More than just a morning fix
What better way to get started in the morning than by simply pouring hot water over ground coffee beans, grown in those sun-drenched, tropical highlands? The seductive smell of that innocent cup of coffee, involves you and me in a web spun by a highly lucrative, international commodity. By volume, coffee is second only to oil as a commodity in international trade, as nearly 75 per cent of all coffee produced moves from one country to another.
With a Tim Horton’s on virtually every corner, and an addict in every home, Canada is among the top destinations of the coffee beans produced in the world. Coffee is a very big business. What is problematic about the way coffee is financed is that 9/10ths of the price we pay towards one cup goes to the powerful companies like General Foods, Kraft and Nestle, which ship, roast and retail the product. A mere 1/20 reaches the people whose laboring lives are spent actually growing and harvesting the coffee we so often take for granted.
In the United States the demand for coffee grew significantly after the Boston Tea Party. When those upstart colonials protested “No taxation without representation,” and threw British tea into the Boston harbor, drinking coffee became a patriotic duty. Some social critics, looking at our compulsive caffeine need at breakfast, argue that perhaps it means today that we “break-fast” out of our starting blocks and into the hurried, frenetic treadmill of life. Coffee is that much needed stimulant.
A single cup of coffee contains a solid dollop of caffeine, anywhere from 50-180 milligrams. That caffeine dilates blood vessels, supplies the brain with oxygen, stimulates neurons in the cortex, fires up gastric glands, speeds intestinal movement and increases cardiovascular output. No wonder Tim’s drive-thru has become traffic problems as cars desperately pile up to the take-out window to get their fix. With the many generous side-effects of caffeine, it is easy to see why a cup of coffee has become a critical component of Canadian drug culture.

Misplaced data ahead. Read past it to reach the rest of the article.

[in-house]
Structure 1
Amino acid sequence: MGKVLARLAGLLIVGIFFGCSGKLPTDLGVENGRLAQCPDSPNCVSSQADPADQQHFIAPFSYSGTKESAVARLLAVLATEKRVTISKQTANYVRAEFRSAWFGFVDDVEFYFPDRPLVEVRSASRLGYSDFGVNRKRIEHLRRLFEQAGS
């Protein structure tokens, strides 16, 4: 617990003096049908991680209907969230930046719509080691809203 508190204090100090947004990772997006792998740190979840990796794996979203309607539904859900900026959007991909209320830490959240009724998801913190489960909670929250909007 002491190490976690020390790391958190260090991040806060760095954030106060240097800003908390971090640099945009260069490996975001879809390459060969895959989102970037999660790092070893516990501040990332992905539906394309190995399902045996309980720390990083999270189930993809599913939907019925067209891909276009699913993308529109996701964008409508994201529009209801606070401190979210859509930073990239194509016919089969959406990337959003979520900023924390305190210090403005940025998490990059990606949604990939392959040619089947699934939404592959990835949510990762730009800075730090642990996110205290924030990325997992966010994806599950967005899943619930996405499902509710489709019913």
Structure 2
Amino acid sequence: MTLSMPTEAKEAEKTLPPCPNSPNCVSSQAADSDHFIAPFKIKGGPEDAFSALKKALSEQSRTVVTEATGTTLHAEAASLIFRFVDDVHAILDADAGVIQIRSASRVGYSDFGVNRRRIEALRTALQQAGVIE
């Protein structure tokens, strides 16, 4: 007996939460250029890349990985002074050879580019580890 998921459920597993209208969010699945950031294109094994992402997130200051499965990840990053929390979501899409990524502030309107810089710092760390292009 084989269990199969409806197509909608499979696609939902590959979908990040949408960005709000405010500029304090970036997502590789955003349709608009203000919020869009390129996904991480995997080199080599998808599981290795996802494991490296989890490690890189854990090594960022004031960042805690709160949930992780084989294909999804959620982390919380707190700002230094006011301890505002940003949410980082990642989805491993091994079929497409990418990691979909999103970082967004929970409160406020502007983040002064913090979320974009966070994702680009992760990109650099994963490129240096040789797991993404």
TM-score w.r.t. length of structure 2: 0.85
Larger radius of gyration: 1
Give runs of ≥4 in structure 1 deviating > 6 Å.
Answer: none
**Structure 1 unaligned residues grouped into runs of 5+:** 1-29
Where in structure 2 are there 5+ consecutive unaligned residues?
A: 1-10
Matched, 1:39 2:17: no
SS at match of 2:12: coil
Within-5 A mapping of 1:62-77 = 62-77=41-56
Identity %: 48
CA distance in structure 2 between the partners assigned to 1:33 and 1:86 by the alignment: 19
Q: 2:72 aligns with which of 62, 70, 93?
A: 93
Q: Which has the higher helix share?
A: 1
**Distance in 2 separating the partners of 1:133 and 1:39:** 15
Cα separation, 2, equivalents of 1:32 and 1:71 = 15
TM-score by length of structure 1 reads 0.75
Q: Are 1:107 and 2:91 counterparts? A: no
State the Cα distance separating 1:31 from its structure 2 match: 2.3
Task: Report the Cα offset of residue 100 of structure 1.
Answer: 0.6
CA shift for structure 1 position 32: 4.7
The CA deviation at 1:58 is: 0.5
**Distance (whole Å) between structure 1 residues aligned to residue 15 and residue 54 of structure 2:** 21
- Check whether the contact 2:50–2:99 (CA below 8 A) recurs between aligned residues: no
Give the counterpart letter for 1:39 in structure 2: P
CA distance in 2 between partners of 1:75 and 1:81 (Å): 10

Coffee is a performance drug with wide social approval and yet, still widely used. Similarly, it fits well with our obsession to out-achieve others. Coffee conditions us for the rat race that lies ahead each work day. It truly is a rat-race for our numerous cups of coffee to come during our much needed morning “coffee breaks.” These coffee breaks allow us time to meet our co-workers as human beings, not as cogs in a gigantic assembly-line or corporate gear-box. Here we can discuss and reveal the human dimensions of our often tedious jobs.
Remember, too, the “koffee klatsch;” a gathering of neighbors on the block, a place where neighborhood gossip is shared. Even more important, according to Sara Ruddick, such a meeting was a place for “maternal thinking”, in which conversations about the joys and sorrows, frustrations and fine moments of parenting, reinforced the community’s values of care, nurturing, and training. With both mom and dad at work today, the neighborhood “koffee klatsch” is an endangered species.
Coffee has also been associated with cerebral activities, the intellectual life and even, heaven forbid, with university professors. Remember the intellectual roots of the great smoke-filled, coffee houses of Paris, Berlin or Prague where anarchy was whispered and revolution planned. All the subversive sub-cultures of the world came together in those coffee houses. Such café societies worried those committed to the status quo;. For example, French philosopher Montesquieu complained, “Were I the King, I would close the cafes, for the people who frequent those places heat their brains in a very tiresome manner.” So let us all hail “coffee time”.
Our lives are fragmented and scattered in many ways and coffee brings us together once more; a community countering the loneliness and isolation we may feel. While there are relevant problems that need to be dealt with around the business of coffee, it has historically and presently been a source for human connectivity. So the next time you reach for your fix, just ensure it is both fair trade and being consumed to relax rather than joining the rat race.
Don Morgenson is a professor of psychology at Wilfrid Laurier University